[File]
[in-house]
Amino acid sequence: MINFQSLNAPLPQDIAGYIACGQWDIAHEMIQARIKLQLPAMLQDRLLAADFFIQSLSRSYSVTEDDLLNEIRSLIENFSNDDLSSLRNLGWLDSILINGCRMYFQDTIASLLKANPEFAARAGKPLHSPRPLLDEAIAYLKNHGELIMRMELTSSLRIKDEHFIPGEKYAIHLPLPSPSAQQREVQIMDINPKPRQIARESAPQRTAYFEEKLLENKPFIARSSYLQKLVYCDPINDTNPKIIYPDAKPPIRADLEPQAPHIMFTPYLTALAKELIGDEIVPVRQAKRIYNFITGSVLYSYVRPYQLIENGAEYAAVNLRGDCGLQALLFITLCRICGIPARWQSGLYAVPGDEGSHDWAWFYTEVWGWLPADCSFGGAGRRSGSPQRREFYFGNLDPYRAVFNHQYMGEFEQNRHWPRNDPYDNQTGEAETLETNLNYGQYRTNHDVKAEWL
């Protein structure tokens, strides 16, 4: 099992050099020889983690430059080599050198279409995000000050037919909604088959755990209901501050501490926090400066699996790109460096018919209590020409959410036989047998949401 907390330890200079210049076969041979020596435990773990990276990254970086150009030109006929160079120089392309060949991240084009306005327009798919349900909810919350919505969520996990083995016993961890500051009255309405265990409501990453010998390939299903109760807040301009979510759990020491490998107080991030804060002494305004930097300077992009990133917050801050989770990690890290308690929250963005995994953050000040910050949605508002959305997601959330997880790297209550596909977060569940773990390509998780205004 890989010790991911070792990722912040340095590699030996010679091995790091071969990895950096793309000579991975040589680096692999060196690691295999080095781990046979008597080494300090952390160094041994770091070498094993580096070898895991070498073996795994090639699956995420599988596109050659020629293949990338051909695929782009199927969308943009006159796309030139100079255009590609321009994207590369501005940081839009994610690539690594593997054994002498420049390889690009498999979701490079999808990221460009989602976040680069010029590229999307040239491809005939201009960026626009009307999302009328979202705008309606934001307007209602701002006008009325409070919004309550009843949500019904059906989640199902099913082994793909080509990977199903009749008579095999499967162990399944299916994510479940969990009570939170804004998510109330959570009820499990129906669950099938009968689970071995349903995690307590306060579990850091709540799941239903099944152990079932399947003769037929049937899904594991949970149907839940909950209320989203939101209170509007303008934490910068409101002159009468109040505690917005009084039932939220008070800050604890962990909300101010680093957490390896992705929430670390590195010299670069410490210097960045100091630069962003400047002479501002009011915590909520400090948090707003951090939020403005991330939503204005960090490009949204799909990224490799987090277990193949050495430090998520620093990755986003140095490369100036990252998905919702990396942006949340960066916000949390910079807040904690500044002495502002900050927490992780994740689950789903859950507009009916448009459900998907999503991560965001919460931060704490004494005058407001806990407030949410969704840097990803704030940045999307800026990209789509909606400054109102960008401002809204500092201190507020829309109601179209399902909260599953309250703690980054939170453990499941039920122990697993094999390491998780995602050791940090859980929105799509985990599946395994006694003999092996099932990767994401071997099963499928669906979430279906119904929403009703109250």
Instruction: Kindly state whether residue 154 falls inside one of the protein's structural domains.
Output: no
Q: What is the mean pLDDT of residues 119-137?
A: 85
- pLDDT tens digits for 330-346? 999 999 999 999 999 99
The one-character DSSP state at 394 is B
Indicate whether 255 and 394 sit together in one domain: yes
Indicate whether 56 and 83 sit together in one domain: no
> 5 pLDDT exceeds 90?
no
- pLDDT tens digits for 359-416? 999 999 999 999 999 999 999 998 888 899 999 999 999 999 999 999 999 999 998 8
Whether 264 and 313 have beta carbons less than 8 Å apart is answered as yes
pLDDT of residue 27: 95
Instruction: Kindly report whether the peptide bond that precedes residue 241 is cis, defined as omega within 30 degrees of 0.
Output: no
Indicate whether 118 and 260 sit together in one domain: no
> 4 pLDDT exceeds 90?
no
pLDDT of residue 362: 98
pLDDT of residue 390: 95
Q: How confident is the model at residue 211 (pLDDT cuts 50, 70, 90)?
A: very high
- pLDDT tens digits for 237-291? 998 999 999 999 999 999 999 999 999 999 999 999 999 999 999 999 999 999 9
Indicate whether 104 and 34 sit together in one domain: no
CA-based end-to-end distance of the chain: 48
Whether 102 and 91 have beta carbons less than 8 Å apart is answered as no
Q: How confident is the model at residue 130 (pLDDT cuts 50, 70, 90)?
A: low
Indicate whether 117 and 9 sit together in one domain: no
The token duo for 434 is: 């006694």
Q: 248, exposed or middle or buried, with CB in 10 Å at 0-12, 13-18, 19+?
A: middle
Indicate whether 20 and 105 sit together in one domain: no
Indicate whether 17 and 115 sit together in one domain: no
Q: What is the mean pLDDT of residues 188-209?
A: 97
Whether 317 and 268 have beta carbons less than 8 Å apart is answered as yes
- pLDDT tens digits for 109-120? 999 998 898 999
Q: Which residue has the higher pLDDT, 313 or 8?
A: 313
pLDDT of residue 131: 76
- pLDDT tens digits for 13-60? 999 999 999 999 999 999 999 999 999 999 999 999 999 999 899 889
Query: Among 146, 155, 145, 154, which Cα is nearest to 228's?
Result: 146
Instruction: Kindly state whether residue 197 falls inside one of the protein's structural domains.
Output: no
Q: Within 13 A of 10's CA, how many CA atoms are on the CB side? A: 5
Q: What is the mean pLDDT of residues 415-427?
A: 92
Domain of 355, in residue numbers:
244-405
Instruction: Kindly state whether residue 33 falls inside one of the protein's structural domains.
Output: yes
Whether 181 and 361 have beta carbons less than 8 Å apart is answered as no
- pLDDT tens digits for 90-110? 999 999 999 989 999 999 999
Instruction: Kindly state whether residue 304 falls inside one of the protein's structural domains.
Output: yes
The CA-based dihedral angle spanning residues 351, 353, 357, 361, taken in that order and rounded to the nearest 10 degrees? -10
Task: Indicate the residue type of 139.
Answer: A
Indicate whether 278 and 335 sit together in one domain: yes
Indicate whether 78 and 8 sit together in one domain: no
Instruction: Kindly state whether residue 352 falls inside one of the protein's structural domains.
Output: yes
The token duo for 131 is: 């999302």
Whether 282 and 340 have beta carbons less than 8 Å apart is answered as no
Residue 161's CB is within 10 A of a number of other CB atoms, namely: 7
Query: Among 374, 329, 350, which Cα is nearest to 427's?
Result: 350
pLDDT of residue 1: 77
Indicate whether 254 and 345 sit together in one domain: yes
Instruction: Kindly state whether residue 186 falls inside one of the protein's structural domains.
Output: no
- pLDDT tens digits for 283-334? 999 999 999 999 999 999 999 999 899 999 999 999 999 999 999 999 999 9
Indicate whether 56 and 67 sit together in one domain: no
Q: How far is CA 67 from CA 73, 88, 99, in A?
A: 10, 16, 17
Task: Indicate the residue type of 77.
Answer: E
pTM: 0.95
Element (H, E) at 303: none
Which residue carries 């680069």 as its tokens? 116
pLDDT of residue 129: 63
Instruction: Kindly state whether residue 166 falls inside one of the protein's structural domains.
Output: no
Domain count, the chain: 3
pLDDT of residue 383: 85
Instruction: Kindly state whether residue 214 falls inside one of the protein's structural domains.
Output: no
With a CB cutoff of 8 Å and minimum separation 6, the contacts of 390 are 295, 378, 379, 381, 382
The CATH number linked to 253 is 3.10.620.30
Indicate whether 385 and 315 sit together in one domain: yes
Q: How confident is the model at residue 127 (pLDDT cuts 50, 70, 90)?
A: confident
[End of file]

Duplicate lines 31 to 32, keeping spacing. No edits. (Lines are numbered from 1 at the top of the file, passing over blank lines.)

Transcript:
A: low
Indicate whether 117 and 9 sit together in one domain: no